Tag: Science

Open Access and the Prisoner’s Dilemma

Open Access Book PublishingGold Open Access is an accepted, yet isolated model in academic book publishing. Publishing houses only dare to scale open access in small steps. While books, especially monographs, are still the preferred medium to communicate scholarship in many disciplines, foremost in the arts, humanities, and social sciences, the overall market of academic books is in recession. Less sold books means less access. Large scale Open Access publishing may be a solution. But publishing houses seem to be in a prisoner’s dilemma: to adapt Open Access on a large enough scale required a systematic approach in which all publishing houses would have to act. My recently published study (June 2017, UCL Press) provides a theoretical explanation for this.


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Signifiers of Relevance or Identifiers of Communities at SSP

Brand Equity and Its Strategic Source in Scholarly Journal Publishing

A teaser for the session at the 39th Annual Meeting of the Society for Scholarly Publishing, Boston:  Brands are gatekeepers to content. At least partly. A comprehensive theory of a brand and its equity is important to understand the influence brands have on customers’ behaviour. This starts with seeing brands as more than just logos, and goes on with shaping value propositions with regards to potential customers. In journal publishing—a form of network economy—it highly depends on how you define your customer: reader (with a need for easy-to-access and reliable content) or author (with a need to accumulate high-IF brands on her CV). Or both?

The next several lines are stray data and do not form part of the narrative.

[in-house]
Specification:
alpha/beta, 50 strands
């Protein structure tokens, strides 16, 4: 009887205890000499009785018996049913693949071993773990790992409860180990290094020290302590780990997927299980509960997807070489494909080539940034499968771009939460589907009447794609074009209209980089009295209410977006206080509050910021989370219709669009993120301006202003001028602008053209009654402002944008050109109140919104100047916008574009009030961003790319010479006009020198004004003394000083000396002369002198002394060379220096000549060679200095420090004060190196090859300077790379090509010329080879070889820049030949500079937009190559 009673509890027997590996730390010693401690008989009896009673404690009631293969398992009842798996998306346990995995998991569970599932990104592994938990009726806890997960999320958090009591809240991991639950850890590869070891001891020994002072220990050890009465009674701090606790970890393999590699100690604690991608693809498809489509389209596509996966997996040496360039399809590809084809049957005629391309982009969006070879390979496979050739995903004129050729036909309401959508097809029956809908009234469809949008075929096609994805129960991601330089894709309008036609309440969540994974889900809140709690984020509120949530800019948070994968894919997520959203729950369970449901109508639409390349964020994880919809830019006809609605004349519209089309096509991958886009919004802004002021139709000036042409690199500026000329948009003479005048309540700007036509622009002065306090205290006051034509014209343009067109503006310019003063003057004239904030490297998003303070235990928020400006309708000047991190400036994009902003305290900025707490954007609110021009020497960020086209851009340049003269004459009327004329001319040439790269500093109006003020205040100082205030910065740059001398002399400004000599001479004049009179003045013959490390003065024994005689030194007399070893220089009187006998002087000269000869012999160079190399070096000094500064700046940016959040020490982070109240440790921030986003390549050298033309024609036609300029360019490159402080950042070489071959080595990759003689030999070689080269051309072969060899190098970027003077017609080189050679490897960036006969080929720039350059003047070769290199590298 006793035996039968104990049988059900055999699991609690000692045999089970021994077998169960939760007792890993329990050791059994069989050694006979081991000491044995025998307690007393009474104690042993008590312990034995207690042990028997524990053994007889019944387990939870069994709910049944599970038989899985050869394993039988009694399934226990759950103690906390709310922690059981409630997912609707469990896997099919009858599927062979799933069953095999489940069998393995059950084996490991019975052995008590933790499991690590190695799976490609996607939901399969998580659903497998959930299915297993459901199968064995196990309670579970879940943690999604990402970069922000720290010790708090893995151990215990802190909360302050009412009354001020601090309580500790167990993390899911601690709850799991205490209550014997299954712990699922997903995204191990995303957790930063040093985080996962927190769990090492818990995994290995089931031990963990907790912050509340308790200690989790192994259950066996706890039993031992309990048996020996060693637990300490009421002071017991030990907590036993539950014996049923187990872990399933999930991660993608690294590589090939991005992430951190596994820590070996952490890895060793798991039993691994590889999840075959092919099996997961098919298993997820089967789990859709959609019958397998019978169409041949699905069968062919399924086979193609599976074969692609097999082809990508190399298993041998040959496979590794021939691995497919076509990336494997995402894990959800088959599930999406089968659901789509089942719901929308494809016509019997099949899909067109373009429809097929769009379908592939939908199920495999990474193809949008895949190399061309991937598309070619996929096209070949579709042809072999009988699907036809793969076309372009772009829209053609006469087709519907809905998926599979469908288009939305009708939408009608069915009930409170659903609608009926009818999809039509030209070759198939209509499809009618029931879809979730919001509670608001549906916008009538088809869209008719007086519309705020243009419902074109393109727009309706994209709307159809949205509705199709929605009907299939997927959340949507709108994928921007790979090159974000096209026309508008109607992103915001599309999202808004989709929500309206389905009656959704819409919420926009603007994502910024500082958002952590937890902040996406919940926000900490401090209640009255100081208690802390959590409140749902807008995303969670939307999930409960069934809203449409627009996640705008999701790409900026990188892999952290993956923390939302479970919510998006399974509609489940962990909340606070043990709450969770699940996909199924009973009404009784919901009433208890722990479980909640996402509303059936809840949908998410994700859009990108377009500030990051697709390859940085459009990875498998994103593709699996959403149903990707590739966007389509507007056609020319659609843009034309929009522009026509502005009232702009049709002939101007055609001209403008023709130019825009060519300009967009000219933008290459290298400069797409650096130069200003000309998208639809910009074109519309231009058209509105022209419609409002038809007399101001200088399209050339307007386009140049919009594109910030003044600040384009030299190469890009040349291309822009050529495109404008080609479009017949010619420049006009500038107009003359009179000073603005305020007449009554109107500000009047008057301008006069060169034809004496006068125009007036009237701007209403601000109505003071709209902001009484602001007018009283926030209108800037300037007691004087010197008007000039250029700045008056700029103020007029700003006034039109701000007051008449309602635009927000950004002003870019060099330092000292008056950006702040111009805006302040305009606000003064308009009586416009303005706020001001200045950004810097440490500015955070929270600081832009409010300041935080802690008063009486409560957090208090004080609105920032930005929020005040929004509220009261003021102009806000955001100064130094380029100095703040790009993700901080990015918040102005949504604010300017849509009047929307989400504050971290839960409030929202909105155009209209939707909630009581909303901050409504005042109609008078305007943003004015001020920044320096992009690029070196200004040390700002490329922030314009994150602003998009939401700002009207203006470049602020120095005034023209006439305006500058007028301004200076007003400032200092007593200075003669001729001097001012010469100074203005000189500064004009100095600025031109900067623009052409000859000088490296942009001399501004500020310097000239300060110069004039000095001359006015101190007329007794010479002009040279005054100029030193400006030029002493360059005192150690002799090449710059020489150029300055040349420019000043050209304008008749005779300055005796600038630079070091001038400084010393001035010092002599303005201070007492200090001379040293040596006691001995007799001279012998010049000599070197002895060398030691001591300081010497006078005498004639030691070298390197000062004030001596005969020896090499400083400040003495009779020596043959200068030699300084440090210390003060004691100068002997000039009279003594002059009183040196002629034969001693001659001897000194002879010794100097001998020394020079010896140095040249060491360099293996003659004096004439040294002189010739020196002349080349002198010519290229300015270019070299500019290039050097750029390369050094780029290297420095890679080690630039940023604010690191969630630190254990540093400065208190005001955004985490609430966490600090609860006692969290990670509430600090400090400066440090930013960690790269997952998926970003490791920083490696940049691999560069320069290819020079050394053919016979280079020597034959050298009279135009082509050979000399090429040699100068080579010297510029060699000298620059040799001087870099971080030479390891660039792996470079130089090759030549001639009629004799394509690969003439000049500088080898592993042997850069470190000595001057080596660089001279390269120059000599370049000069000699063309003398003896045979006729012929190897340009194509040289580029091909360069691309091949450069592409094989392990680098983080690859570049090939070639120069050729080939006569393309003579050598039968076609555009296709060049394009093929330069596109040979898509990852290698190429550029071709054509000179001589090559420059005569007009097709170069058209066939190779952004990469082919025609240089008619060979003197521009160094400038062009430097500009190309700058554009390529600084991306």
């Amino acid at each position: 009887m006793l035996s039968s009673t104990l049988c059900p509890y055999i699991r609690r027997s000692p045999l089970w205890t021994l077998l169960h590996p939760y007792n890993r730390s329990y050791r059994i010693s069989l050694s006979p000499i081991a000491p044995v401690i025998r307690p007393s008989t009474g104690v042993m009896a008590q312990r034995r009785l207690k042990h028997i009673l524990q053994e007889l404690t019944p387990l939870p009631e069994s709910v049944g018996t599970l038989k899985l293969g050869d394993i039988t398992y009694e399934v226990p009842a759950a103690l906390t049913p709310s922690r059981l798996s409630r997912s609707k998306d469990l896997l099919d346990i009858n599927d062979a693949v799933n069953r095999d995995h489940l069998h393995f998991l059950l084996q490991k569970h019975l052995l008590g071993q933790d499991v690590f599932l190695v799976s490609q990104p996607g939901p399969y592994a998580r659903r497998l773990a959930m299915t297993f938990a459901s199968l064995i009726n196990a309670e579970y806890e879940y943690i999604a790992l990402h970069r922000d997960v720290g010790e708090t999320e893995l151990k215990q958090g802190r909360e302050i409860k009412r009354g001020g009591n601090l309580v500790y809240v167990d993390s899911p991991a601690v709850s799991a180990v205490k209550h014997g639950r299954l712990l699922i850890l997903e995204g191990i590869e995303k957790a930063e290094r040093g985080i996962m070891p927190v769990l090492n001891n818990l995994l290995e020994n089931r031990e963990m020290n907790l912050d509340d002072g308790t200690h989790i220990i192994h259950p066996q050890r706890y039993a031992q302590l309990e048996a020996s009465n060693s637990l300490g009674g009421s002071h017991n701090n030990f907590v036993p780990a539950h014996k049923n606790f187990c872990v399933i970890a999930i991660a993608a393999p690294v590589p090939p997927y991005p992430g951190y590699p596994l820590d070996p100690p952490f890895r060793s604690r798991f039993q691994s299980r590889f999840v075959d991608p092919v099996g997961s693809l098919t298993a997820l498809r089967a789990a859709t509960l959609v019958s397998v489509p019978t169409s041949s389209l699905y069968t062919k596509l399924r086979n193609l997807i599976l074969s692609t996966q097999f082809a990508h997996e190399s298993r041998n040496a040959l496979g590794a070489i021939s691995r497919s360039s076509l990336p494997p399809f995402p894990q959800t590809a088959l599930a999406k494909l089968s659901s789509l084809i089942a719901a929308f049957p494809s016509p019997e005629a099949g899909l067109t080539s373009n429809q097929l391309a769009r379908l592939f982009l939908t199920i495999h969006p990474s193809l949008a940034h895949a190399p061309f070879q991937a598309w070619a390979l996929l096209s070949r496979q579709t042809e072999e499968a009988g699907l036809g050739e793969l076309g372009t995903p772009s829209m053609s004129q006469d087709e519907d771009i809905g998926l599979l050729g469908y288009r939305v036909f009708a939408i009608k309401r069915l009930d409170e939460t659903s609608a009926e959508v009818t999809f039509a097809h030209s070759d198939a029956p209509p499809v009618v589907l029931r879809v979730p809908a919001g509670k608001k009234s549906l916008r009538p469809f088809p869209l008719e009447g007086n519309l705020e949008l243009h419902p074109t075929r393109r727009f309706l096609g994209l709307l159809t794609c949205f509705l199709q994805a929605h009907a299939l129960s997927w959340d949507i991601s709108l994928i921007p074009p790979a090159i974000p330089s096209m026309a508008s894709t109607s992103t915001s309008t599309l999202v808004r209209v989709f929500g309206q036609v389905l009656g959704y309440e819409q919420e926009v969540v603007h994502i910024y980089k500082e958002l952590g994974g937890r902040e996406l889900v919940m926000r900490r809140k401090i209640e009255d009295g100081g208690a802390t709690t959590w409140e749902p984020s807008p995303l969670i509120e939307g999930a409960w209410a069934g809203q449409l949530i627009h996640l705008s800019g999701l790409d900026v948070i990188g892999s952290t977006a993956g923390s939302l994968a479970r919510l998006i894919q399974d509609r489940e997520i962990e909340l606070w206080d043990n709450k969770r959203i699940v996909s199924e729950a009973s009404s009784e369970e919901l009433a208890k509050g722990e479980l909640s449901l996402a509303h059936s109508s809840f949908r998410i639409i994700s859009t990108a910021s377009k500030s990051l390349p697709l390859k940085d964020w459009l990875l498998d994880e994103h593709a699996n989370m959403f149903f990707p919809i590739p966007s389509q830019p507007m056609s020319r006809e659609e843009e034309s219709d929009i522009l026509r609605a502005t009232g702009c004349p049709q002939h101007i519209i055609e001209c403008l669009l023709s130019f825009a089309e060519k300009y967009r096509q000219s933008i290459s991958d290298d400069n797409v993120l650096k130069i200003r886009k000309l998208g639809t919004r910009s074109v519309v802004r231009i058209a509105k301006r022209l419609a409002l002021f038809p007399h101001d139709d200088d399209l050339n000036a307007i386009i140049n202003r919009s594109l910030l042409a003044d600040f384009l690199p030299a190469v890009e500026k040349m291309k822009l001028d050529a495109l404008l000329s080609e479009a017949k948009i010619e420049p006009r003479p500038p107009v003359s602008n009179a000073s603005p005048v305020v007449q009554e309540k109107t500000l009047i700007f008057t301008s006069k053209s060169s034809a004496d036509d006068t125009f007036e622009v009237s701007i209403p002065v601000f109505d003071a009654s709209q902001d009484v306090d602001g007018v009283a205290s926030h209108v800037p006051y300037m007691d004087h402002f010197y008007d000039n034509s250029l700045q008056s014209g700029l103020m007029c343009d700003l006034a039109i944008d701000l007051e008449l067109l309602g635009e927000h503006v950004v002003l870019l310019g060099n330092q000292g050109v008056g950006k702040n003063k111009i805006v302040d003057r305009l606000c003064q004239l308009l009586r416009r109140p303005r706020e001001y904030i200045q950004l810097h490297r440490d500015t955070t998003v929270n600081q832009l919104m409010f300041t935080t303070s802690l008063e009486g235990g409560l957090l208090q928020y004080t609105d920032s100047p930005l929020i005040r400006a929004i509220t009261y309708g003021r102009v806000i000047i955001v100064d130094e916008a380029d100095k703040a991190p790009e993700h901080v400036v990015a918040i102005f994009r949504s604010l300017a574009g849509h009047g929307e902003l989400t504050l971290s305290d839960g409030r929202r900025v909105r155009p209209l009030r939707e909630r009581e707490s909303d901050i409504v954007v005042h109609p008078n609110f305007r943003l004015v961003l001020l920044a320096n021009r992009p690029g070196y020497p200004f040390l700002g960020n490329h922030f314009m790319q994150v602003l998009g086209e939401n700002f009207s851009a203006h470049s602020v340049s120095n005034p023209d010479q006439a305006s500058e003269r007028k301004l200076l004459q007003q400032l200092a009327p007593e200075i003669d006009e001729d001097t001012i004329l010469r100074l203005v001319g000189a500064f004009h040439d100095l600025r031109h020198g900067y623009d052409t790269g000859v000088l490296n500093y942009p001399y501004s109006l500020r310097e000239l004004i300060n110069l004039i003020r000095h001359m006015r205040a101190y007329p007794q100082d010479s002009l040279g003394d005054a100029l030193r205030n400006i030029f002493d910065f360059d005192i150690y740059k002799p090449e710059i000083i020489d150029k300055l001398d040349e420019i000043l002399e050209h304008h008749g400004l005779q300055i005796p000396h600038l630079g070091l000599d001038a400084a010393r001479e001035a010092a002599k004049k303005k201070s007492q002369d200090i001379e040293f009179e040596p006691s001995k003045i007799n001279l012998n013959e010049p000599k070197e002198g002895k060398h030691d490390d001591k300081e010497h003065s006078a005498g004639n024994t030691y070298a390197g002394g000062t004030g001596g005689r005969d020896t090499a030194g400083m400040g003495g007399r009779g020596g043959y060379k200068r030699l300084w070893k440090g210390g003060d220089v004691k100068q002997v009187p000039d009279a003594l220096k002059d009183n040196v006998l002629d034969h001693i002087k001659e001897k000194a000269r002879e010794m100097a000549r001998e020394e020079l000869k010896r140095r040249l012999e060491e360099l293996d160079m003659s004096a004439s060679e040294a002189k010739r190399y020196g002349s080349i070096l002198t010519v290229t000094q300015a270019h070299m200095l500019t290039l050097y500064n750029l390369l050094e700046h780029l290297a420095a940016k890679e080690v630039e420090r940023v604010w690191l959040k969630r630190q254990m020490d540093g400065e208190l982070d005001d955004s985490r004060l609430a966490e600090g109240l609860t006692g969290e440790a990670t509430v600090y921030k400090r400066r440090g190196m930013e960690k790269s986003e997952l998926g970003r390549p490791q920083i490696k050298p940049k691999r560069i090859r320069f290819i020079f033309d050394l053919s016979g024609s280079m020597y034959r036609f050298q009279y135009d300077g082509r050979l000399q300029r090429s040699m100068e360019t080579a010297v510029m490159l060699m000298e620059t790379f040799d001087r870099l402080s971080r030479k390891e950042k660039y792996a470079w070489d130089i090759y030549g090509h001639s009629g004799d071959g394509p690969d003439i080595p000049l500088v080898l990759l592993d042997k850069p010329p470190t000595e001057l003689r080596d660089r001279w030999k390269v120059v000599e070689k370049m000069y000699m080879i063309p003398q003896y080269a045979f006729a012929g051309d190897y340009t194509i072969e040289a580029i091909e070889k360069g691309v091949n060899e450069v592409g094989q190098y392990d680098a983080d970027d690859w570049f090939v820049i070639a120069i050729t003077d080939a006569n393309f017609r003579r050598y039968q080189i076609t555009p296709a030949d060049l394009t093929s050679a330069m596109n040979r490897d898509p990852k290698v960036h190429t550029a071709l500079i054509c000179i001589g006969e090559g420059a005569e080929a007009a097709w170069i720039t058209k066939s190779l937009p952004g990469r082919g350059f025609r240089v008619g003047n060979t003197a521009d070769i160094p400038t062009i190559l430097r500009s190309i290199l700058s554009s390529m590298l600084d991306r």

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Science: Open, Inclusive, and at Best Without Borders

academic collaboration in science helen kellerScience is collaboration. Saying that scientists would stand on the shoulders of giants to see further is not a cliché. Science advanced because generations of scientists build on other generation’s knowledge and experience, thus leaping forward into the unknown. Acknowledging other peoples’ findings – maybe questioning the results – is one of the key ingredients of scientific enquiry. This may seem hard to believe at times when doubt and negation of scientific findings are flourishing – rather than acknowledgement. Yet, new research conducted by Microsoft Research reminds us of the fact that science prospers when scientists partner and work without borders.

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